Now for prices, I can’t be exact since all their oolong blends are named by their time of harvest. The best estimate I have for you is to base it off the Li Shan Feng Oolong tea which the top three prices are as follows; $36.99 for 75 grams, 150 grams for $69.99, and 300 grams for $134.99. But don’t fret for it looks like their samples retail for around $4.59 which is good for about 2-3 cups.

In conclusion, I think this is a great tea and tea company to try out if you are out for an authentic oolong tea. It is a pretty penny but for the authentic oolong consumer, I think this brand should be at least worth a shot.

See you for the next cuppa!


Here’s the scoop!

Leaf Type:  Oolong
Where to Buy:  Tea from Taiwan

Learn even more about this tea and tea company here!

 

Tsuei Luan Oolong Tea by Tea from Taiwan . . . .

I steeped this tea for three minutes with five grams of leaf in six ounces of water at 190 degrees.

It smells so lovely in the packet that I kind of want to eat it. The tiny densely rolled-up leaves (which I let float free in the cup so I can watch them moving around and unfurling) are so cool! It seems about half of them are floating and half are sinking. It smells fruity, orchidy and a bit savory.

First sip: Super rich! So much flavor!! The tea leaves have unrolled into large, intact leaves and the tea liquid is a gentle yellow that reminds me of winter sun.

As I sip the tea, it’s astringent, creamy/buttery, a little grassy, viscous, and a little nutty even, with some floral/orchidy notes flying around too. It’s also a bit “leafy” so I may have steeped it a bit long, or maybe that’s just supposed to be part of the flavor. Either way, it’s a very interesting combo with the buttery and the fruity and the vegetal/savory aspects.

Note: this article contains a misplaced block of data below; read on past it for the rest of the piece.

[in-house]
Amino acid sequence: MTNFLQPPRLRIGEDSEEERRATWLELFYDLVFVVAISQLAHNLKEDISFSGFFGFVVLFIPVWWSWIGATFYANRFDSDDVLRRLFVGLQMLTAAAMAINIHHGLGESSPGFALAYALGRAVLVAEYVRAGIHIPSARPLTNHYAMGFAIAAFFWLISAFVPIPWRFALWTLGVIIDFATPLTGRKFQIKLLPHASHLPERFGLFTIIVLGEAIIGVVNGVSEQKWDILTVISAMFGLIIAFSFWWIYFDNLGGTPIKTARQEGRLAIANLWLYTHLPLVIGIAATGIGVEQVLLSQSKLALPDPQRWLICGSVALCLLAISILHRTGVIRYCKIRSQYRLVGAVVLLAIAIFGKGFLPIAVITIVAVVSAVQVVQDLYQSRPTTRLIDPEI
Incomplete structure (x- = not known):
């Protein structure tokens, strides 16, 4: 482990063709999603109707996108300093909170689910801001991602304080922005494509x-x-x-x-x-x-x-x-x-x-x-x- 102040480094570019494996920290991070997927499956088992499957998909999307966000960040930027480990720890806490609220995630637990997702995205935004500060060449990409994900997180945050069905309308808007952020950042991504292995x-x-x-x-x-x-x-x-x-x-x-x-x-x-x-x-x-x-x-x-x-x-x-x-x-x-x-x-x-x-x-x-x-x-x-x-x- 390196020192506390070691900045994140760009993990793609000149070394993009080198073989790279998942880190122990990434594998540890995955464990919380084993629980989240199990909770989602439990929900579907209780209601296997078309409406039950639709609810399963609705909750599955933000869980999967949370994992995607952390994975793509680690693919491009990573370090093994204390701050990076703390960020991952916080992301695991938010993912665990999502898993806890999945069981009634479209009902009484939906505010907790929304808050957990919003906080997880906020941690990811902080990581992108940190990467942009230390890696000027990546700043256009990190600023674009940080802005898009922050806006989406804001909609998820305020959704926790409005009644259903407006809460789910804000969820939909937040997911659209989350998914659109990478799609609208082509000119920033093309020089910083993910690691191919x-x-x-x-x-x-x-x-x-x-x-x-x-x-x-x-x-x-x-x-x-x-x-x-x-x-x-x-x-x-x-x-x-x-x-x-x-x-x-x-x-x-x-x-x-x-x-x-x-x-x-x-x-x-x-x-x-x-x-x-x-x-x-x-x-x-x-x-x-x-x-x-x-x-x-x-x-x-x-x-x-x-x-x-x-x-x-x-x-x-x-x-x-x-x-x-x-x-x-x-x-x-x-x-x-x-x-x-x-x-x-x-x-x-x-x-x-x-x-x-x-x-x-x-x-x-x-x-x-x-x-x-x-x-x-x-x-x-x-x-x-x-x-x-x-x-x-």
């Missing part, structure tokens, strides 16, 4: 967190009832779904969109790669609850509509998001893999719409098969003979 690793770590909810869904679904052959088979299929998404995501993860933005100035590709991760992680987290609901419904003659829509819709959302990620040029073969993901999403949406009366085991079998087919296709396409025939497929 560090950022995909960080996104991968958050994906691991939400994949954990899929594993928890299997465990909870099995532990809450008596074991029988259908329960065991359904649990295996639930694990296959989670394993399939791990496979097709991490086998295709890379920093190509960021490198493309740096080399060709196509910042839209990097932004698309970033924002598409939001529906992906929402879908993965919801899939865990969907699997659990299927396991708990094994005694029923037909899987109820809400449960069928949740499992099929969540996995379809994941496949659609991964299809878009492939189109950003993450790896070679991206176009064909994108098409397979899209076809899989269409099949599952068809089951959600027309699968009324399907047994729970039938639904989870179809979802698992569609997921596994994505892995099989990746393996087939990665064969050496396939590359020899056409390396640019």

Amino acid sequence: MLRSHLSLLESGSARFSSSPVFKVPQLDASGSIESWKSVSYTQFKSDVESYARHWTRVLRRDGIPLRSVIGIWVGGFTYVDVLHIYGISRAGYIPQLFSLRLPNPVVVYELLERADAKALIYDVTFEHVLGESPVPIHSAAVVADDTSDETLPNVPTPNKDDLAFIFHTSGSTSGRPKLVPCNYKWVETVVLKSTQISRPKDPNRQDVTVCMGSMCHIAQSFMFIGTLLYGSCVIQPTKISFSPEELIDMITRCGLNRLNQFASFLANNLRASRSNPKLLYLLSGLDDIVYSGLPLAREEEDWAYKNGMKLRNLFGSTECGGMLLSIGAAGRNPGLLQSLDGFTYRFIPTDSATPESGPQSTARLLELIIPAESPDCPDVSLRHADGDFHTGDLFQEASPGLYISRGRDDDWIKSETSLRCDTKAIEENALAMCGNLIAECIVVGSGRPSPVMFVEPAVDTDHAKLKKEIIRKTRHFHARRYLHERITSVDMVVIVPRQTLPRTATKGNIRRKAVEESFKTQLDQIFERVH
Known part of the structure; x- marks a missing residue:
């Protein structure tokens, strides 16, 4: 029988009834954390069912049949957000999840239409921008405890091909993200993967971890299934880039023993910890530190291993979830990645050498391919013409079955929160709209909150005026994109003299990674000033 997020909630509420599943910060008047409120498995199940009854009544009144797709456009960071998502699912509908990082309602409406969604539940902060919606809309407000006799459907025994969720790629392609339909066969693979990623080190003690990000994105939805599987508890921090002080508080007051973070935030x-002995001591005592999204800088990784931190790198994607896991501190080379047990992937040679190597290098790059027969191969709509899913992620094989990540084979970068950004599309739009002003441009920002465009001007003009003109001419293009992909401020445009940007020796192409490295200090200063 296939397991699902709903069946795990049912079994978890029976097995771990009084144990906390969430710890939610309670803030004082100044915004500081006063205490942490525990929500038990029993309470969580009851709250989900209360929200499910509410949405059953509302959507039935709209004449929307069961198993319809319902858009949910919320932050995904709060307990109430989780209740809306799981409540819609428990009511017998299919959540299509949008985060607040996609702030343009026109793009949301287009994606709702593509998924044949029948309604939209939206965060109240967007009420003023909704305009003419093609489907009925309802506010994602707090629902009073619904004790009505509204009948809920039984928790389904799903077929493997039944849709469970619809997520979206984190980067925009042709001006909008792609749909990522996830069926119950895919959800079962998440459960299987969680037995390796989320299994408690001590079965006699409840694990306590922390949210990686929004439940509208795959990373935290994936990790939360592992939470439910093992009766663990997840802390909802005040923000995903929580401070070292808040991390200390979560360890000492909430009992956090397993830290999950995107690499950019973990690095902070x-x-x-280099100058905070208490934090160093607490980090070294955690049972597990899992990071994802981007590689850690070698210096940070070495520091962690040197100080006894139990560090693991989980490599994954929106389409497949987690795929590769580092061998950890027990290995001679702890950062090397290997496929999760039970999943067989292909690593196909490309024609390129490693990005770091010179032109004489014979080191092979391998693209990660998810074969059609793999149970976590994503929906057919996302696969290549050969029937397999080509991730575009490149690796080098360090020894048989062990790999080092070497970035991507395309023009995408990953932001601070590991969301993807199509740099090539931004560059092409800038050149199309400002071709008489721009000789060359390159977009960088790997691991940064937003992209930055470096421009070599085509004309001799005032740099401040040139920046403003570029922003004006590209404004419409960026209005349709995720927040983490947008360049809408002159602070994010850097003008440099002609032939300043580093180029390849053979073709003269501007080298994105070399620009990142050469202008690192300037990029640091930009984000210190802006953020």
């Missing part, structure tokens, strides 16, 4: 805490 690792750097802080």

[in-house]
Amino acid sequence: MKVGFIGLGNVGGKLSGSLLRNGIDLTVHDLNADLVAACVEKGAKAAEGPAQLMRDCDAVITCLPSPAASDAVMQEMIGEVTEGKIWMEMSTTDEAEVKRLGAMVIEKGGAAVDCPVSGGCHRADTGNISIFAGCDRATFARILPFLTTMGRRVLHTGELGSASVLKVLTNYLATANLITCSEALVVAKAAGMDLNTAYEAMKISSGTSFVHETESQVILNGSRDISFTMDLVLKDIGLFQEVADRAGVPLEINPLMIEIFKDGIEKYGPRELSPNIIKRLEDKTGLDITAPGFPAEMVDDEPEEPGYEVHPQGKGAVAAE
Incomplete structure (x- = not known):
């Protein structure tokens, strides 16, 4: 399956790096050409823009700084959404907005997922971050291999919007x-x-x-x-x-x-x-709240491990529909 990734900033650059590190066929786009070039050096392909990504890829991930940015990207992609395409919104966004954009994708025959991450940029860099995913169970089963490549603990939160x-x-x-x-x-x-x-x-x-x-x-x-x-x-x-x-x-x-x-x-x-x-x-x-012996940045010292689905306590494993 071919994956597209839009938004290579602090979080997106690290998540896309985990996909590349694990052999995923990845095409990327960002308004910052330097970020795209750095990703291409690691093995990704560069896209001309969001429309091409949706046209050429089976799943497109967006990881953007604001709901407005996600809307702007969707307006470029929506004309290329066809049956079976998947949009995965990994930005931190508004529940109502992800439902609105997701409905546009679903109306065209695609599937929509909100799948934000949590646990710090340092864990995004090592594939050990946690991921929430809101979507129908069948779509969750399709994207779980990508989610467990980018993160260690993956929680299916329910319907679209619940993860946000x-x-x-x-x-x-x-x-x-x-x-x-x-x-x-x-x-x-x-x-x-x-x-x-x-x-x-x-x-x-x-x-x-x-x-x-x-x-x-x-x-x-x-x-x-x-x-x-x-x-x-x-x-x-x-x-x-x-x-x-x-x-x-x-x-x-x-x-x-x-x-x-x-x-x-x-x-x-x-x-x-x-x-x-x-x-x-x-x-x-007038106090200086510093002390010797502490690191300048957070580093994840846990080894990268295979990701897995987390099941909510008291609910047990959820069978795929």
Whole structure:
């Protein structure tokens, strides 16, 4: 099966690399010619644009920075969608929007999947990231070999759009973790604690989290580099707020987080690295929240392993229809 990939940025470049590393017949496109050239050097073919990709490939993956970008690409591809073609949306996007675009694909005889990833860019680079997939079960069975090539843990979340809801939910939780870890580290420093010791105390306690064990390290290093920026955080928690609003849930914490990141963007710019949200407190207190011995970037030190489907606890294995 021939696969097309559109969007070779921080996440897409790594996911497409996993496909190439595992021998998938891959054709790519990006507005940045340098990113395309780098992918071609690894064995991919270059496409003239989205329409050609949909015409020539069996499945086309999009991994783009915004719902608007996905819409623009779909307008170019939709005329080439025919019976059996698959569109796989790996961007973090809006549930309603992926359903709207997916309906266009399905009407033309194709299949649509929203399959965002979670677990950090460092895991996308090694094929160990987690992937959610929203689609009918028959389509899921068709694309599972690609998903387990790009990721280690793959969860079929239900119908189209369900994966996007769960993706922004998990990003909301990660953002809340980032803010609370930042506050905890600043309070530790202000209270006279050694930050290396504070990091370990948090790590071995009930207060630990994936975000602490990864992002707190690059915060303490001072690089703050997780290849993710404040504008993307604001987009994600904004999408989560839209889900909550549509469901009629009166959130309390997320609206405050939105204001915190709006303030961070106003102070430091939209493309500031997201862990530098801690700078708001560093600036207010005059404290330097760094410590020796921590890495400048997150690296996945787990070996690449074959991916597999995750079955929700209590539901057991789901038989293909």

It’s a full and rich cup, and I don’t think it needs sugar or milk. I really enjoyed finishing this cup off and I’d love to have more of it sometime. Apparently this tea is very popular with aficionados of Taiwan teas (according to Tea from Taiwan’s website), and although I myself am not an expert in that area, I can definitely see how that would be the case.


Here’s the scoop!

Leaf Type:  Oolong
Where to Buy:  Tea from Taiwan
Description

Tsuei Luan Oolong tea (wulong tea) is grown in the Tsuei Luan district of Li Shan (Pear Mountain). This area is a former fruit producing region which was converted to tea plantations in the late 1970’s. The soil quality of the former orchards is excellent, and the high altitude (more than 2,000 meters) of this district provides a cool, moist climate – ideal conditions for growing tea.

Tsuei Luan oolong tea has an exquisitely sweet aroma and interesting flavour profile. The slightly floral taste has a definite fruit undertone – said to be the result of growing tea on orchard land. This tea has a very pleasing flavour that makes it one of the most popular teas amongst Taiwan tea connoisseurs.

Learn even more about this tea and tea company here!